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Josh Rouse
The Best Of The Rykodisc Years
Rykodisc
www.joshrouse.com


These were the golden times, the years when Josh Rouse developed from a hidden gem to the mega-star that he has become… oh wait, he's still mostly a hidden gem, although you can hear him on the radio these days, occasionally. I still remember when my brother introduced me to the great folky, country leanings of Dressed Up Like Nebraska and I was immediately hooked. There was a resonance in Rouse's voice and writing that sank deeply into my soul and stuck there. When Home was released, I was once more impressed by this young man's ability to craft songs with a timeless elegance that spoke to me so deeply.

The Best Of The Rykodisc Years is a fantastic collection, pulling together the clearest winners from the 5 albums (plus the 65 album recorded with Kurt Wagner from Lambchop) released for the seminal independent label. The most outstanding songs from Dressed Up… and Home are in evidence, including the amazing melody of "Late Night Conversation" and the lithesome, rolling rhythm of "Laughter". Hearing "65" in its relative timeframe really opens up the trouble that was to come; despite the fact that the song is brilliant on many levels, there is a hint of the disco-ness that could possibly come out later. The tracks from Under Cold Blue Stars begin to have that string-heavy 70's feel, even though they remain darker for the most part and "Nothing Gives Me Pleasure" is laced with familiar rolling rhythms and jangling guitars. But by the end of those tracks, the damage is done as the songs from 1972 fall head over feet into bad 70's territory. This is the dark era for Rouse. The songs from Nashville redeem the man, however, ending the first disc with a more upbeat, though organic, glimpse at Rouse's music.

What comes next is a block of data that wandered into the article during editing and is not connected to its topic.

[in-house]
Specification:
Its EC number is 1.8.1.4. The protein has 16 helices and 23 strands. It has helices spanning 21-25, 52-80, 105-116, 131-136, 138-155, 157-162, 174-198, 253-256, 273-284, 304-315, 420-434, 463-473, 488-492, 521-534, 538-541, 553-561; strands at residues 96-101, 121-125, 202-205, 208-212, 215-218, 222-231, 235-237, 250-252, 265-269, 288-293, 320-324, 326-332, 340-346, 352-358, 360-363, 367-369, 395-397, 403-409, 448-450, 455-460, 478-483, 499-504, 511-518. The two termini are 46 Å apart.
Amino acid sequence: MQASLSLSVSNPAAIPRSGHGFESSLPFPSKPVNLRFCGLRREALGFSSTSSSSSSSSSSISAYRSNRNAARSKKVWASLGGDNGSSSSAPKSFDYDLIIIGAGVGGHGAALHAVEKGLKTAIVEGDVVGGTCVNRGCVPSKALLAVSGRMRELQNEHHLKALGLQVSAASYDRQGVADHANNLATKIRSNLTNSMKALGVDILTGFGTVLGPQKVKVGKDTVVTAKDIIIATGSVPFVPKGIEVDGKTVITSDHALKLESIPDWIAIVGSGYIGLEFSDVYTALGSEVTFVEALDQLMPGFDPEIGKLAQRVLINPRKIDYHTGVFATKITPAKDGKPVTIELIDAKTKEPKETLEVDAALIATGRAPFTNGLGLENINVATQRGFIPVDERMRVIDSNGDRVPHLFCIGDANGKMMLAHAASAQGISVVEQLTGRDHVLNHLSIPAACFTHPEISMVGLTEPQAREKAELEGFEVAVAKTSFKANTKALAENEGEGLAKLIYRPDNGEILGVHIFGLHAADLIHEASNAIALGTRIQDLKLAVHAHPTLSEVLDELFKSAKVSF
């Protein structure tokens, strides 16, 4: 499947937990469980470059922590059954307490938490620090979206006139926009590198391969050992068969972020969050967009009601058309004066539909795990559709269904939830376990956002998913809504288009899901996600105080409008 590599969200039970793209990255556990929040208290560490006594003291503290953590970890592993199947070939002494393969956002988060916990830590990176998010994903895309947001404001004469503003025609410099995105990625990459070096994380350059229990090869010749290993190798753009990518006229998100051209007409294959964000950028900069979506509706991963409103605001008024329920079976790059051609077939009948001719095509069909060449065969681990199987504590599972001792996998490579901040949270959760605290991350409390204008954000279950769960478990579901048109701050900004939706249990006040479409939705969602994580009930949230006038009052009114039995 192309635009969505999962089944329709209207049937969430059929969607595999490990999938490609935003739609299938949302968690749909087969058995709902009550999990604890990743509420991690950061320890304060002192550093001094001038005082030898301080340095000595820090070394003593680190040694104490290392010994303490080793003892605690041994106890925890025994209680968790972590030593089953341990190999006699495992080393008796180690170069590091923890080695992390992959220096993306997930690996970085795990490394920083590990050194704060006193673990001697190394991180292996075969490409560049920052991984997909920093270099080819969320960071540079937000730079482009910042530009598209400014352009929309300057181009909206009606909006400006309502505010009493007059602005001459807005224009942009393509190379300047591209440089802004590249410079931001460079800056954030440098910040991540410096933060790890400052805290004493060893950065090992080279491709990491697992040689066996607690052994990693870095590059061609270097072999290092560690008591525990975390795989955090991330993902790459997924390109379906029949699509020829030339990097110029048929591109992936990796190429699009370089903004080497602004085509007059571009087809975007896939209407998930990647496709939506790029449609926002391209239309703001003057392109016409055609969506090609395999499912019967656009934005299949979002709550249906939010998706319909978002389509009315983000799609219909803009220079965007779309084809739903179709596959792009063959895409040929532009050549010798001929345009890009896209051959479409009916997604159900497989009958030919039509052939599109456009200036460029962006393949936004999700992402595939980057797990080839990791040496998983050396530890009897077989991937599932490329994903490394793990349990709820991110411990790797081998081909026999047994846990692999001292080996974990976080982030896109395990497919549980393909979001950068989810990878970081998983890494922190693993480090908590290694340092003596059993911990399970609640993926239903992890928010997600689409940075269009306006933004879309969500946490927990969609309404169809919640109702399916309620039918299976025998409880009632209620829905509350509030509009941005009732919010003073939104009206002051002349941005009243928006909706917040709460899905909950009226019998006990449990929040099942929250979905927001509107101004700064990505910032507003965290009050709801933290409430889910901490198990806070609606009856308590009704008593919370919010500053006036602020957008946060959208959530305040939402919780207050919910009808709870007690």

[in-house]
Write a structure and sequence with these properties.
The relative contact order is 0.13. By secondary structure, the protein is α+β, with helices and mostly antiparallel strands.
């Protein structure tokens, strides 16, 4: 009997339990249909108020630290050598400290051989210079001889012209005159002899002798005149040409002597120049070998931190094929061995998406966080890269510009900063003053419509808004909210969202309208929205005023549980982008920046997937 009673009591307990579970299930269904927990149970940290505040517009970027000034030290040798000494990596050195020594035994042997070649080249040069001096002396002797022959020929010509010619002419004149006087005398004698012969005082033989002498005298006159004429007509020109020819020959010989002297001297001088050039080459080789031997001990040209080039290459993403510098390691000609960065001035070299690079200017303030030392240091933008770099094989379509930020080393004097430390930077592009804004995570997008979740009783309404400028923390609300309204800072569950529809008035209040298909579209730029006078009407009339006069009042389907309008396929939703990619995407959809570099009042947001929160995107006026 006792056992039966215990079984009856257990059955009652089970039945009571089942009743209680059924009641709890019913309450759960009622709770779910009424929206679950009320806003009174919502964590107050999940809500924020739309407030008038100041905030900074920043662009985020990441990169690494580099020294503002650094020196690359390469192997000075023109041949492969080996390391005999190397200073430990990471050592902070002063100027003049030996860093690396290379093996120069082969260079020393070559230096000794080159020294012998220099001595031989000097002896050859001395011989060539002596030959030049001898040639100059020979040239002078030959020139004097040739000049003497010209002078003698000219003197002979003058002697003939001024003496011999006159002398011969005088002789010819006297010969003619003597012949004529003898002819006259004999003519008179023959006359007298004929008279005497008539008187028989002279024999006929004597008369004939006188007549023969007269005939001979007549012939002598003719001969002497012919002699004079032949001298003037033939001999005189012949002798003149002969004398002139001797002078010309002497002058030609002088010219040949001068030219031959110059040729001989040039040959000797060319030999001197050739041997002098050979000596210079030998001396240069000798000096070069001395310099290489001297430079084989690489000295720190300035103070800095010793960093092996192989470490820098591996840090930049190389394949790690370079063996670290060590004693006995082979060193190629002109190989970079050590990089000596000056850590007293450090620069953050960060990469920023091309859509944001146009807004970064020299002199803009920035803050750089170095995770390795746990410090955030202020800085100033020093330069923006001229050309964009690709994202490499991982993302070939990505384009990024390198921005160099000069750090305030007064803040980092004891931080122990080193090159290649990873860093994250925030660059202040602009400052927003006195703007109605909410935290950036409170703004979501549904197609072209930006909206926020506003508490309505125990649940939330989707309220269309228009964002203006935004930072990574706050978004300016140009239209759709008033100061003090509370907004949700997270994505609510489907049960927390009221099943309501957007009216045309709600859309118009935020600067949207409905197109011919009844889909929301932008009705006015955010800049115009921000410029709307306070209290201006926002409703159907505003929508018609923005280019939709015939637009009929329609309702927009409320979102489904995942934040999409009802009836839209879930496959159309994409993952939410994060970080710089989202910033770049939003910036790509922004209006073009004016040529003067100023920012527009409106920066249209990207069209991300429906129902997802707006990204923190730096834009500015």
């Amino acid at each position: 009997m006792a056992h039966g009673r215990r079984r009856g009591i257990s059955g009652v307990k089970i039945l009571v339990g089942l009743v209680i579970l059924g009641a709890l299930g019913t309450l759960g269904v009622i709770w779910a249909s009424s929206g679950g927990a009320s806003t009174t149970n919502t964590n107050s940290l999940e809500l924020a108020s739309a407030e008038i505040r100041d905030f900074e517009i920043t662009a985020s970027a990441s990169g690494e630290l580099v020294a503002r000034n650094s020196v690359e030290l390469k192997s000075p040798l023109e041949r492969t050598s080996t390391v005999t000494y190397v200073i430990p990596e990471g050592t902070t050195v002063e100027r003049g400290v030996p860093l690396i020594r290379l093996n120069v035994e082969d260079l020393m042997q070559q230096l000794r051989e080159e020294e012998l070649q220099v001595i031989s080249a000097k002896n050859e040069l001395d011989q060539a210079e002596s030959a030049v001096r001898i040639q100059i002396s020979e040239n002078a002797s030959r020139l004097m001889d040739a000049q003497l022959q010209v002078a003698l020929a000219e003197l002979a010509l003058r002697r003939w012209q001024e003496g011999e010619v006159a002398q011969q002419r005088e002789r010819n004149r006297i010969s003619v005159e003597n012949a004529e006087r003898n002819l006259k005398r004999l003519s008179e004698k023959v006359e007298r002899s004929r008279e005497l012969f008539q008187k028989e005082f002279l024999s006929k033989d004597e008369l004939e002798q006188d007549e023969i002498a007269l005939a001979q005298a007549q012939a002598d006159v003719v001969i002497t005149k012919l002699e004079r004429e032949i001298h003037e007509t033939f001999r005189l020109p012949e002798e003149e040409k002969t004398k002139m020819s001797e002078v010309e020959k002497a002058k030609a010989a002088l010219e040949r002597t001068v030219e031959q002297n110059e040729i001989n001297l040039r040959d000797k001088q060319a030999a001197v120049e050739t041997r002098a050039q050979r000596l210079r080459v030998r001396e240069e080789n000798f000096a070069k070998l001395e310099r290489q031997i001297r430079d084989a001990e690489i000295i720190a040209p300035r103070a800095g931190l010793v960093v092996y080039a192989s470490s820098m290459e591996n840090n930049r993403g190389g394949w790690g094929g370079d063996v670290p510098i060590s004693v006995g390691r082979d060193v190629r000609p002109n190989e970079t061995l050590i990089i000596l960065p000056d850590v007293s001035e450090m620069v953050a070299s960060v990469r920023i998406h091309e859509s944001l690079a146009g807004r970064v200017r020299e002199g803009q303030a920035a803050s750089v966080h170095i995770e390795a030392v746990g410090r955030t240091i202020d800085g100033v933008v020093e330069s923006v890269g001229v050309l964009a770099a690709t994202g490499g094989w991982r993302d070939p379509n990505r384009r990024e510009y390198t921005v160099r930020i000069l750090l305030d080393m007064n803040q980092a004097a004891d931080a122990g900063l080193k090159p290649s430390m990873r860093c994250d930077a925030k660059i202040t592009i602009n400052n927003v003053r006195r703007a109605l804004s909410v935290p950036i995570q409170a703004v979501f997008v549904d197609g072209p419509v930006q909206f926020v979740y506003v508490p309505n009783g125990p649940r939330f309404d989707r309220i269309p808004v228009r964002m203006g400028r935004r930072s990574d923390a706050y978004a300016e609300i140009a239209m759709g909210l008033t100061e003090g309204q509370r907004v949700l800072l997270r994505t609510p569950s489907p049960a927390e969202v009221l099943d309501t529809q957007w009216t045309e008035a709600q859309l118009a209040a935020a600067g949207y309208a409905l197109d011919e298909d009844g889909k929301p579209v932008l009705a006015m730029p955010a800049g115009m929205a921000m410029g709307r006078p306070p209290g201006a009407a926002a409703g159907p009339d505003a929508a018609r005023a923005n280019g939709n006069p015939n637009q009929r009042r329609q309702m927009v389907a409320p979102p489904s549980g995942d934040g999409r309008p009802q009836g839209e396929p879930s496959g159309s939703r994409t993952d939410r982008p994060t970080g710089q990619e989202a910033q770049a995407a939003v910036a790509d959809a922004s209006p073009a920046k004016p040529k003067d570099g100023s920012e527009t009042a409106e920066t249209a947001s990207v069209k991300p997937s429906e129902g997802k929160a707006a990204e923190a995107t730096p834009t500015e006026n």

The second disc of the set contains some true gems, including demo versions and outtakes from sessions. The only real fault that I can find with the first disc is the exclusion of Dressed Up Like Nebraska's album opener "Suburban Sweetheart" which is probably one of my favorite tracks in Rouse's entire catalog and the perfect way to get to love his music; but that mighty travesty is remedied on the second disc with an early demo version of the track that finds Rouse experimenting with sounds and rhythms, revealing exactly where the man started sonically. "Cannot Talk" is a previously unreleased outtake from Dressed Up Like Nebraska and is low and beautiful, slowly building to a soft crescendo with as much power as anything the man has ever produced, sounding more like the quietest moments of The Gloria Record. Demo versions of the songs that would become "Summer Kitchen Ballad" and "Little Know It All" are wonderful additions to any fan's collection, allowing a peek at how Rouse's songs develop in their later stages into the familiar album versions. The second disc finishes up with an outtake from 1972 that is probably better than anything that ended up on the record, falling back onto an indie pop sensibility that does away with the 70's schlock, instead relying on Rouse's wonderfully developed voice and sense of melody to carry the achingly beautiful track.

The Best Of The Rykodisc Years is a fantastic collection for any new listener or long time fan of Josh Rouse. There are a plethora of new tracks that have rarely been heard for the long-time listener along with some of the finest tracks that span the early career of one of pop's finest and most underrated writers. While Rouse has continued to experiment and release some great records, here is a brief sampling of just what the man is capable of turning out… and it's a fine, fine collection of music.

-Embo Blake

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